“The New York Times published a story that quotes emails from a laptop that Hunter Biden, President Joe Biden’s son, abandoned at a computer repair shop in Delaware. The messages reinforce the impression that Burisma, a Ukrainian energy company that reportedly paid the younger Biden $50,000 a month to serve on its board, expected him to use his influence with his father for the company’s benefit”
“None of this necessarily means that Joe Biden himself did anything improper or illegal. While Trump alleged that Biden was doing Burisma’s bidding when he demanded the dismissal of Ukrainian Prosecutor General Viktor Shokin, for example, Biden plausibly maintained that the motivation was widely shared concerns about Shokin’s corruption.
Nor does Hunter Biden’s unseemly relationship with Burisma mean that Trump was justified in seeking to discredit the Democrat he expected to face in the presidential election by pressuring the Ukrainian government to announce an investigation of the matter. But it surely was a legitimate issue to raise during the presidential campaign, as Guthrie and other journalists unconnected to the Post recognized. The question is why the Times did not, and the answer clearly has more to do with partisan sympathies than the journalistic standards the paper claimed to be defending.”
“As when Haugen first came forward—providing information that formed the basis of a series of Wall Street Journal reports—the real takeaway is that Facebook has been struggling to attract the young users it wants, faces robust competition, and generates apoplectic denunciation from mainstream journalists mostly because they resent the social media giant for shaking up the news industry.
There are, to be clear, some decent reasons in here to criticize Facebook CEO Mark Zuckerberg. The Washington Post reports that he was intimately involved with the company’s decision to comply with the Vietnamese government’s demand for greater censorship of political dissidents. Though even then, it’s debatable what Zuckerberg should do when authoritarian governments demand content moderation. Should Facebook pull out of Vietnam, depriving the country of the site entirely? Is a censored version of Facebook worse than no Facebook at all?”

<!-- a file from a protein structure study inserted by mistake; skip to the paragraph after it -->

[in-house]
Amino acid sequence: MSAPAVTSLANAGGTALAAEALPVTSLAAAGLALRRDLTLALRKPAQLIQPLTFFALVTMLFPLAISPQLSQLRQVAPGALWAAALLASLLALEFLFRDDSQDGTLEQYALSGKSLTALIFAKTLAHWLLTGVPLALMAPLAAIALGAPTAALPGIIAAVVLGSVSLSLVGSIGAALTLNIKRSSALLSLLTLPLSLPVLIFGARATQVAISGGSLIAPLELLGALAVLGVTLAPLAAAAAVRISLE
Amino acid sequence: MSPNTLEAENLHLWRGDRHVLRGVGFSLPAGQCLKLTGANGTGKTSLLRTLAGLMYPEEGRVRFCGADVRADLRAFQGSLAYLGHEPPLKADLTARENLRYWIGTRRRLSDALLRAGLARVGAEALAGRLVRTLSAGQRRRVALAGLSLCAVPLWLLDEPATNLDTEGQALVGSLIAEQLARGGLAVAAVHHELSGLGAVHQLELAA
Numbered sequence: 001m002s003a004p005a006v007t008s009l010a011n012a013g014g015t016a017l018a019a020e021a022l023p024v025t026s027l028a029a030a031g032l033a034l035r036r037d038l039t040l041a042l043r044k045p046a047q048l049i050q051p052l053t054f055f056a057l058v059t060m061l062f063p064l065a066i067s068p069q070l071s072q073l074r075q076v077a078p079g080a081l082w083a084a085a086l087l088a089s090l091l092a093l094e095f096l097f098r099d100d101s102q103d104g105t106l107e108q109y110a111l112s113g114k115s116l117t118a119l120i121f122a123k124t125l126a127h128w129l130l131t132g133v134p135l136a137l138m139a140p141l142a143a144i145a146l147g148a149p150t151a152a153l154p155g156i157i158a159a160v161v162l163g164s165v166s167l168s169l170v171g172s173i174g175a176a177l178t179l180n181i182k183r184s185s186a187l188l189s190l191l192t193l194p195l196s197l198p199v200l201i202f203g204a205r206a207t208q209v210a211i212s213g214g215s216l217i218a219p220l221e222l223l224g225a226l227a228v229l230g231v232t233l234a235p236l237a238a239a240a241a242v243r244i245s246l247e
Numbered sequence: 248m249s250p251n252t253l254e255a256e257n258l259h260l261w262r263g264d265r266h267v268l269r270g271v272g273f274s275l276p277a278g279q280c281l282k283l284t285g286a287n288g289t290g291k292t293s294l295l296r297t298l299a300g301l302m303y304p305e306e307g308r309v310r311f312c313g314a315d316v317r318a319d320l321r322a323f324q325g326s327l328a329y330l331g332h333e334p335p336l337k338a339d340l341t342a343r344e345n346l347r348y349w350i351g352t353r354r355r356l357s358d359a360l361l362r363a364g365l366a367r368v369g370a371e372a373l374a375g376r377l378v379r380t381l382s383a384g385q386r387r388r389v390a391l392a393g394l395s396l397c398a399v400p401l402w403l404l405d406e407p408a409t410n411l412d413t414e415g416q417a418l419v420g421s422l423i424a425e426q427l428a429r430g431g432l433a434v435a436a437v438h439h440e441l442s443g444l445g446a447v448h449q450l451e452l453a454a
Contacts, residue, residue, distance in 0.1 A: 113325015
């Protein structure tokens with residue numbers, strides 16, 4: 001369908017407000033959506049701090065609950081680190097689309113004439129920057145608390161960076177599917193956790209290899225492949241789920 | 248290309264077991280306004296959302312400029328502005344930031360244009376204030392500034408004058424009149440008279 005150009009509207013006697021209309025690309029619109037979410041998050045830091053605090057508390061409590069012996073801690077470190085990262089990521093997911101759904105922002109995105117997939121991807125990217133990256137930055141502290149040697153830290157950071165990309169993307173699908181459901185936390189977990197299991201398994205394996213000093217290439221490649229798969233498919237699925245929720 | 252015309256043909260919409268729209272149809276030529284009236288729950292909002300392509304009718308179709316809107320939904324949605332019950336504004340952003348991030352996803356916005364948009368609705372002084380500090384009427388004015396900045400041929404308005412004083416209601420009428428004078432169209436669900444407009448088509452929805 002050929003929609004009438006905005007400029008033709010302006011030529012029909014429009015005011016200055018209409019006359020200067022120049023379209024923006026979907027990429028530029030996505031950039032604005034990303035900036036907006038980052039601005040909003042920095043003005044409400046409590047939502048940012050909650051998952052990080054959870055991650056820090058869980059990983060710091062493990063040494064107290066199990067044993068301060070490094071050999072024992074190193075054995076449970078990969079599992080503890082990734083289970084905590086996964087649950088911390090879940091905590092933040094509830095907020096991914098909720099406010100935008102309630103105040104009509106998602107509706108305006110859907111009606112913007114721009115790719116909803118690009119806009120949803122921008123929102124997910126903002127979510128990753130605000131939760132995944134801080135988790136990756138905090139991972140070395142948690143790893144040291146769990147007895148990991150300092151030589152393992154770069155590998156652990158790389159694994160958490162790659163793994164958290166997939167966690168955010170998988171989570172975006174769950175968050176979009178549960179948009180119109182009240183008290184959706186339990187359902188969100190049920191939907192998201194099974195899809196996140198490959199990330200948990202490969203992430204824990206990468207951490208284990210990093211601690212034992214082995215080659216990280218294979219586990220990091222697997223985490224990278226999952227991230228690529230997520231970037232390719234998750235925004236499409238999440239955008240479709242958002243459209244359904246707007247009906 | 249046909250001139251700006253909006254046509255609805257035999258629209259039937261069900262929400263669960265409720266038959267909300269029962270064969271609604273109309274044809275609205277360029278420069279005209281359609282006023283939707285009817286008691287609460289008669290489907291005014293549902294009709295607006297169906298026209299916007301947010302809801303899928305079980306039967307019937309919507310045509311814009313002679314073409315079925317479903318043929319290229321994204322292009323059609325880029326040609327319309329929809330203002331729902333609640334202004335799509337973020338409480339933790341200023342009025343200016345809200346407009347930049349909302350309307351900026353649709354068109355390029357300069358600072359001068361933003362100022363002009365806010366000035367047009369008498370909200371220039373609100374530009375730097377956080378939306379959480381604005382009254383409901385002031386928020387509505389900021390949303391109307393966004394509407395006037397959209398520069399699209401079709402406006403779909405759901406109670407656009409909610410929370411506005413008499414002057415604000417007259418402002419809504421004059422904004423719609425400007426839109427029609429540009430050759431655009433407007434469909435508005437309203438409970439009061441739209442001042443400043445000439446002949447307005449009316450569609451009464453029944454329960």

“A 60 Minutes story on Florida’s vaccine rollout accused Ron DeSantis, the state’s Republican governor, of making a corrupt deal with Publix to distribute the vaccine. CBS reporter Sharyn Alfonsi noted that the grocery chain donated $100,000 to DeSantis’ election campaign and suggested the lucrative vaccination contract was a “pay-to-play” scheme.
It’s an accusation that doesn’t really stand up to scrutiny: For one thing, Publix—like many large corporations—gives money to both Republicans and Democrats. But more importantly, the decision to have Publix coordinate vaccination was not even made by the governor’s office. According to Jared Moskowitz, director of the Florida Division of Emergency Management, it was his offices that recommended Publix. Moskowitz, a Democrat, has said that Publix was the best store for the job, since it has more than 800 locations across the state.
Indeed, when Alfonsi cornered DeSantis at a press conference and asked him about Publix, he gave a lengthy explanation that largely undercut her claims. He pointed out, for instance, that it wasn’t true that Publix got the vaccines first: CVS and Walgreens had already been contracted to coordinate vaccination for long-term care facilities.”
“Remarkably, CBS cut this portion of DeSantis’ response. In fact, the 60 Minutes story reduced his two-minute answer to just a few seconds.”
“This was not a case of a journalist condensing the essence of what a source told her: Alfonsi blatantly ignored the part of the governor’s statement that clashed with her narrative, and instead included a brief comment that made it sound like he became combative with her for no reason.”